Everyone wants to get a higher credit score, but not all of the “hacks” or tips being promoted actually help you get more credit score points. In a Credit Countdown video on our YouTube channel, credit expert John Ulzheimer answered some common questions about ways to get more credit score points and sheds some light on which strategies hold merit and which ones are just myths.
Although it might seem counterintuitive, paying off your loans early does not earn you more credit score points. When you pay off a loan early, nothing gets added to your credit report to show that you paid it off before the original term of the loan. Instead, your credit report simply shows that the balance of the account is now zero.
Getting to a zero balance may help your credit score slightly since credit scores consider the number of accounts with balances you have, but this does not have anything to do with the timing of when you pay off the loan.
According to John, he knows of a consumer who had a truck loan and paid it off early because someone had told them that paying off their truck loan sooner would boost their credit score and this would help them refinance their mortgage to get a better deal.
Following this bad advice, the consumer even went so far as to take a loan out of their 401(k) retirement account in order to pay off the truck loan.
Unfortunately, the person’s credit score did not change at all as a result of paying off the truck loan.
The reason why this strategy failed to help the person’s credit score is that the debt wasn’t even hurting their credit in the first place! The truck loan was an installment loan, and installment loans (unlike revolving credit) are virtually benign to your credit score. Since the account wasn’t actually bringing down the consumer’s credit score, getting rid of the debt had no effect.
This “trick” is supposed to make your credit score go up by paying more than the balance owed on a credit card account.
While this may give you a “credit” on your credit card account, in credit reporting, there cannot be a negative balance associated with a credit card account. Whether you pay the balance in full or pay “extra” money, the account will report a zero balance to the credit bureaus, which will be reflected on your credit report.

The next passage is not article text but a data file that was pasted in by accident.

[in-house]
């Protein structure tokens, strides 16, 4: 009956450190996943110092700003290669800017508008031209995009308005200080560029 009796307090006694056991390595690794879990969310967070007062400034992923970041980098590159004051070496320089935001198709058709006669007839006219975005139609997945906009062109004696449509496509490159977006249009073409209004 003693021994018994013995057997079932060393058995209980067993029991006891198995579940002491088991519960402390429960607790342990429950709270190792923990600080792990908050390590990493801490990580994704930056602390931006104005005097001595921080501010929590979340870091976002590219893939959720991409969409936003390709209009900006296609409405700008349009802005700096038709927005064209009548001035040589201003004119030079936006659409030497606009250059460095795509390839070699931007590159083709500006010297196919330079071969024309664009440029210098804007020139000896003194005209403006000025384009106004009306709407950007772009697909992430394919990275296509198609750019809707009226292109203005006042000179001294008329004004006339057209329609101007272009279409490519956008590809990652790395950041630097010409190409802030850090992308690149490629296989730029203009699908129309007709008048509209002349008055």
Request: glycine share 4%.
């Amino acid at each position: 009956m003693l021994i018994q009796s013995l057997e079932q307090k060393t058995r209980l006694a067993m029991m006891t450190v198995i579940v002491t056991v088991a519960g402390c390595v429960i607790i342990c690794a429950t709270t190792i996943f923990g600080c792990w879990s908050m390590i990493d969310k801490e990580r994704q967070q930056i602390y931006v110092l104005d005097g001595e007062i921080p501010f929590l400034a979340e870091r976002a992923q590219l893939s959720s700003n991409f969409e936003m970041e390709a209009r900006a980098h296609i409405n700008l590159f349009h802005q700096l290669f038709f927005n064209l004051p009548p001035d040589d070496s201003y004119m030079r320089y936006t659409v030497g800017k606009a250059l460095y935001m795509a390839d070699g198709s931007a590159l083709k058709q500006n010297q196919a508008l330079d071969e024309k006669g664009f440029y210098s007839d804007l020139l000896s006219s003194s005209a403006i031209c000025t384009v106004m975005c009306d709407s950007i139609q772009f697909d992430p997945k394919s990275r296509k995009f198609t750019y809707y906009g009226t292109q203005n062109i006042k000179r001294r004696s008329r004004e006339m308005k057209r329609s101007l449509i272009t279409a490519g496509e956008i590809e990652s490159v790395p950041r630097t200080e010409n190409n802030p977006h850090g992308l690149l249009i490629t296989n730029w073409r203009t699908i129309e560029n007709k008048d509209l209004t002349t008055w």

Not only does this tip not help your credit score, but it also ties up your money in a place where it is not working for you by earning interest, and you have to buy things with your credit card in order to use the funds you put toward your card’s balance.
Paying your balance in full every month is always the best option because that way you can avoid paying interest, but there is no need to go overboard by paying a greater amount than what is actually due.
There is some truth to this recommendation, but it does not exactly work in the way that proponents of this strategy often claim.
Usually, the thinking goes that by making multiple payments each month, you can “trick” the system into giving you more points, but that’s not how it works. You can’t “trick” the credit scoring system.
In reality, the credit scoring models do not indicate the number of payments you have made per month. It only shows the total amount of all the payments you made during that month added together.
However, there is a different reason why this strategy may actually earn you a few extra credit score points.
When you make multiple payments within a billing cycle, you are paying down some of the balance before the statement closing date, which is when your account balance gets reported to the credit bureaus. Therefore, because of the early payments, the balance reported to the credit bureaus will be lower, which helps boost your credit score by reducing the individual utilization ratio on that account as well as your overall credit utilization ratio.
You can read more about this “ethical credit hack” and others in our article, “Easy Credit Hacks That Will Actually Get You Results.”
Check out the Credit Countdown video on this topic below and let us know what you think in the comments!